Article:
Adaptation to Photooxidative Stress: Common and Special Strategies of the Alphaproteobacteria and .
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AuthorsLicht, Mathieu K
Nuss, Aaron M
Berghoff, Bork A
MetadataShow full item record
AbstractPhotosynthetic bacteria have to deal with the risk of photooxidative stress that occurs in presence of light and oxygen due to the photosensitizing activity of (bacterio-) chlorophylls. Facultative phototrophs of the genus Rhodobacter adapt the formation of photosynthetic complexes to oxygen and light conditions, but cannot completely avoid this stress if environmental conditions suddenly change. R. capsulatus has a stronger pigmentation and faster switches to phototrophic growth than R. sphaeroides. However, its photooxidative stress response has not been investigated. Here, we compare both species by transcriptomics and proteomics, revealing that proteins involved in oxidation-reduction processes, DNA, and protein damage repair play pivotal roles. These functions are likely universal to many phototrophs. Furthermore, the alternative sigma factors RpoE and RpoHII are induced in both species, even though the genetic localization of the rpoE gene, the RpoE protein itself, and probably its regulon, are different. Despite sharing the same habitats, our findings also suggest individual strategies. The crtIB-tspO operon, encoding proteins for biosynthesis of carotenoid precursors and a regulator of photosynthesis, and cbiX, encoding a putative ferrochelatase, are induced in R. capsulatus. This specific response might support adaptation by maintaining high carotenoid-to-bacteriochlorophyll ratios and preventing the accumulation of porphyrin-derived photosensitizers.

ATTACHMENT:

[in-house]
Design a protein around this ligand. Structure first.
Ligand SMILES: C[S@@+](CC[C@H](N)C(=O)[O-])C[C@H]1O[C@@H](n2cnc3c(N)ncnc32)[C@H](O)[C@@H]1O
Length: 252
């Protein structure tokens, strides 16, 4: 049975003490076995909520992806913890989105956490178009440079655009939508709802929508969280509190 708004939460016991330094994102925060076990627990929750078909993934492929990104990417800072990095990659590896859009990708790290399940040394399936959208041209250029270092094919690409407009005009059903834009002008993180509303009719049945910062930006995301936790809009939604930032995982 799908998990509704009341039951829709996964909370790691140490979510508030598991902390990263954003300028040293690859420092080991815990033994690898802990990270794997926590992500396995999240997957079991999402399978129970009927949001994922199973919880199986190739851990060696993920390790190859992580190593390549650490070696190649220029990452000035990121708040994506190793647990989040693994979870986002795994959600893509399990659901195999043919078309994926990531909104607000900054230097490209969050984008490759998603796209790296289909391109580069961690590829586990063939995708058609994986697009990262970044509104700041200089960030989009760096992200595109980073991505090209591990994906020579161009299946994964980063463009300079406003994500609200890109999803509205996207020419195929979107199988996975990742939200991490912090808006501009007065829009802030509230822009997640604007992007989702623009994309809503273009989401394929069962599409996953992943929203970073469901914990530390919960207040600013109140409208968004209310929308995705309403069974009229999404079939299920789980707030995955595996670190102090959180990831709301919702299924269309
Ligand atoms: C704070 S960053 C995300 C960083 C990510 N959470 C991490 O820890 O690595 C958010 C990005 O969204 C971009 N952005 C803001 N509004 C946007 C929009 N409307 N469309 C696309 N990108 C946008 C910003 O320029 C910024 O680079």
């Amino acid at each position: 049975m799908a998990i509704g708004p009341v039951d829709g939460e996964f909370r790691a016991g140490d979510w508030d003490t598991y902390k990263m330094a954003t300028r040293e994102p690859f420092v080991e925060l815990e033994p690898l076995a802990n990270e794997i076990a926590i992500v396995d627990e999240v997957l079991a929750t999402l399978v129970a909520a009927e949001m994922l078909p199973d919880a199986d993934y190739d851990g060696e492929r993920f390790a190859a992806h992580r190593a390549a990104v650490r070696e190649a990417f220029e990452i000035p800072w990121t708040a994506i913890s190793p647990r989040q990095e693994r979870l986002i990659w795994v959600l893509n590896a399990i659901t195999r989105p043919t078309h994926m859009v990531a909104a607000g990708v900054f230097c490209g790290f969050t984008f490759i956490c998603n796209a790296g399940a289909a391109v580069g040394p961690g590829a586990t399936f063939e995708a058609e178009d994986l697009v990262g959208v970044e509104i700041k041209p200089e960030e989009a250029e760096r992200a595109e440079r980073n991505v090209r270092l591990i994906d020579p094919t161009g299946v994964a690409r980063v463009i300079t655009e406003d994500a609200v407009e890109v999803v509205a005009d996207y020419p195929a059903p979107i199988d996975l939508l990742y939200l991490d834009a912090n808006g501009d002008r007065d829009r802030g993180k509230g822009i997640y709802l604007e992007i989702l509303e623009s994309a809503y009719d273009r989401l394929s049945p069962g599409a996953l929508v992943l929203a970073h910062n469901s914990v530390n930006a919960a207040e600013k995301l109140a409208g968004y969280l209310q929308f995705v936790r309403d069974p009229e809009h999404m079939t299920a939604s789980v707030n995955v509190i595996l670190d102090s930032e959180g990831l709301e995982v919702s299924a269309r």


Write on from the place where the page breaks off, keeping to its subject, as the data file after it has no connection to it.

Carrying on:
CitationMicroorganisms. 2020 Feb 19;8(2). pii: microorganisms8020283. doi: 10.3390/microorganisms8020283.
AffiliationHZI,Helmholtz-Zentrum für Infektionsforschung GmbH, Inhoffenstr. 7,38124 Braunschweig, Germany.
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